Does a Home Seller Have to Notify Me Before Cashing My Earnest Money Check?

In most situations, after the real estate purchase contract is signed, the seller can cash the earnest money check.

Question

My offer to buy a new home was just accepted by the seller a week ago. The contract stated that I was to put up $3,000 in earnest money. After the seller accepted the offer, my real estate agent delivered a check for $3,000 to the seller as my earnest money and to show my good faith. I was shocked to get a notice from my bank this morning that the check was cashed even though we are a month from closing!

I now am overdrawn on my account. I have the money in another account, but I thought the seller was just going to hold onto the check until closing. I never imagined that he would go ahead and cash it. Didn't he have to notify me that he was going to cash it?

Answer

The last thing you need while you're under the stress of a home purchase is a financial concern like an overdrawn bank account. However, the seller didn't have to provide you with any further notice that he was going to cash your check, unless the purchase contract stated that he would refrain from depositing it until a certain date.

Once the parties have signed the purchase contract and the seller receives the earnest money check, the seller is well within his rights to deposit it. The earnest money is held in escrow by a third party until the deal either closes or falls through. The seller receives the money either at closing or in the event the buyer backs out for a reason not allowed in the contract.

The main reason that the check is actually deposited into escrow (as compared to the seller just holding on to it) is to verify that there are good funds available in the event of default. Depositing the check also prevents an unscrupulous buyer from later canceling the check if he decides to break the contract without a valid reason.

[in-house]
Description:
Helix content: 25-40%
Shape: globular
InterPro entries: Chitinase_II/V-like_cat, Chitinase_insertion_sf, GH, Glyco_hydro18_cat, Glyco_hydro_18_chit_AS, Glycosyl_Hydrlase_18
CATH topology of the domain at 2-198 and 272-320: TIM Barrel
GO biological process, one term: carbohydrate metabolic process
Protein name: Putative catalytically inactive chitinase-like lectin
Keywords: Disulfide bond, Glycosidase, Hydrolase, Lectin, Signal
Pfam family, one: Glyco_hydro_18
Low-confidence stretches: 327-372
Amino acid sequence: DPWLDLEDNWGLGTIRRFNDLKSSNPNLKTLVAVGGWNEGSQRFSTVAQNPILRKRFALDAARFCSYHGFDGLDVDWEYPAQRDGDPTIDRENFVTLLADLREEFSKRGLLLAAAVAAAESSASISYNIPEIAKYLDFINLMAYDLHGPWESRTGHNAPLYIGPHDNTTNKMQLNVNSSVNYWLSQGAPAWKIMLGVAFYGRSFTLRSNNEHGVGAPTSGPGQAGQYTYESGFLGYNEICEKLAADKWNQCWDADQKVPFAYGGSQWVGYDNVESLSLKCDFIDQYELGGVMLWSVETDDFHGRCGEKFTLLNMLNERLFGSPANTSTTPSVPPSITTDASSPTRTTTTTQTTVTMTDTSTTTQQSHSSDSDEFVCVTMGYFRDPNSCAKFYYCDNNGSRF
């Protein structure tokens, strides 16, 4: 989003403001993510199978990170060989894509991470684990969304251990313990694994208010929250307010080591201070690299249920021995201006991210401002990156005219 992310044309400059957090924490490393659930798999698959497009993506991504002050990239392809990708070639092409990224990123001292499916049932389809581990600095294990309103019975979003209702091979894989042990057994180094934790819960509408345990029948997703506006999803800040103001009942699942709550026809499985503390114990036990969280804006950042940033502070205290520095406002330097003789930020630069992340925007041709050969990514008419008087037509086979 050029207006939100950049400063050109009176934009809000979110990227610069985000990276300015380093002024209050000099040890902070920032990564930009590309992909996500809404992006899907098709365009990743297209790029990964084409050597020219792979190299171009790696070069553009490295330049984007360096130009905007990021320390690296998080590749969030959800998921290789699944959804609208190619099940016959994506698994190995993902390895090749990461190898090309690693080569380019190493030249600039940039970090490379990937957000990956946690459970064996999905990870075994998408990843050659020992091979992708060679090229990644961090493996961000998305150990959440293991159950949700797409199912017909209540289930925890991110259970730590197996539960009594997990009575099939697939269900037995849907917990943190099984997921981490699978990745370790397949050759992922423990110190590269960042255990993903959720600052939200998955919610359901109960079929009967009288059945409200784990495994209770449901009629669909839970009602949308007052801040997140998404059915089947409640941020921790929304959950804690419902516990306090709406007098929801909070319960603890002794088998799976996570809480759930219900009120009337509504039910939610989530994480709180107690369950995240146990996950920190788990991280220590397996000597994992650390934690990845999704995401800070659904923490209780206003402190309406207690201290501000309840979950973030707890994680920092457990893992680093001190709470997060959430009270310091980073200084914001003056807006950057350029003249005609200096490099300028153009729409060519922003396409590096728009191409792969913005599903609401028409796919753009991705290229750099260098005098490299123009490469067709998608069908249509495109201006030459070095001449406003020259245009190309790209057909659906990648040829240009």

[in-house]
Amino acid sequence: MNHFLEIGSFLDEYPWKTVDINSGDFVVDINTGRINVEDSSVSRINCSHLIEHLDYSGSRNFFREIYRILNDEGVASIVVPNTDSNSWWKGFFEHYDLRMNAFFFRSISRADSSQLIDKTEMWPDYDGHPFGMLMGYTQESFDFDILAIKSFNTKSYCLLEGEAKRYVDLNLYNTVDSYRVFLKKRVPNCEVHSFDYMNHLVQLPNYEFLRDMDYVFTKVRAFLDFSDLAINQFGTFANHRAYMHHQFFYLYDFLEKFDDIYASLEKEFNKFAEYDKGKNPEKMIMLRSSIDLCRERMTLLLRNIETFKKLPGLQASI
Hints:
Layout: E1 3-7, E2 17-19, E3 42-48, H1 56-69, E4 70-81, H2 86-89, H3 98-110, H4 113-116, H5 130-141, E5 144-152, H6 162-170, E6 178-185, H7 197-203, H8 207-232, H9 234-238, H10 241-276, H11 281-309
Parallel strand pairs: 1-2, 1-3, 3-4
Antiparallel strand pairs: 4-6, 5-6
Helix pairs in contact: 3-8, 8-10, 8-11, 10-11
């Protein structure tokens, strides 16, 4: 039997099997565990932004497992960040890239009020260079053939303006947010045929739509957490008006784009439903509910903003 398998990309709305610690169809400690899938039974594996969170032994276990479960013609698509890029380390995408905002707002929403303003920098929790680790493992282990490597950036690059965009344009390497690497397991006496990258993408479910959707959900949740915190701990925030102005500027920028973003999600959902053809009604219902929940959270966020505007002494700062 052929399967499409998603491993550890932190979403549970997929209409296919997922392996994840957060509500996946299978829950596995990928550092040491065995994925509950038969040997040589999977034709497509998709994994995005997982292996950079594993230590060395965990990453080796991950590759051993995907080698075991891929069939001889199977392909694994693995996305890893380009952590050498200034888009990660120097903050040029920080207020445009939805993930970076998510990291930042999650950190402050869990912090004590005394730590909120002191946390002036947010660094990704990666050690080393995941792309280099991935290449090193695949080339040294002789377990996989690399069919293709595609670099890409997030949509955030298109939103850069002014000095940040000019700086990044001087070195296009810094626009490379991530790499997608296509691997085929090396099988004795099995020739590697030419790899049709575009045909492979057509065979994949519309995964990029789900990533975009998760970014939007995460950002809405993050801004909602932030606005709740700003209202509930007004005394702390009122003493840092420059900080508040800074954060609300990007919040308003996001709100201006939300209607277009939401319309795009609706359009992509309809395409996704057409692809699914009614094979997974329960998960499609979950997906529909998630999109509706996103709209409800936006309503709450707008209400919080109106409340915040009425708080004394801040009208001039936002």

Because your account was overdrawn, you need to get this cleared up with your bank and the seller immediately. As of right now, the seller does not have good funds in his possession for your earnest money, and you are likely in violation of the purchase contract.

If that's the case, the seller could technically find another buyer, while still holding you accountable for the earnest money. And, it's likely your bank is going to hit you with fees for the overdraft.

Hopefully, once you or your agent explain to the seller the misunderstanding about the earnest money, the seller will understand and give you a bit more time to gather the funds and submit a new check. But it is important that you not delay, as time is of the essence in a real estate purchase contract.

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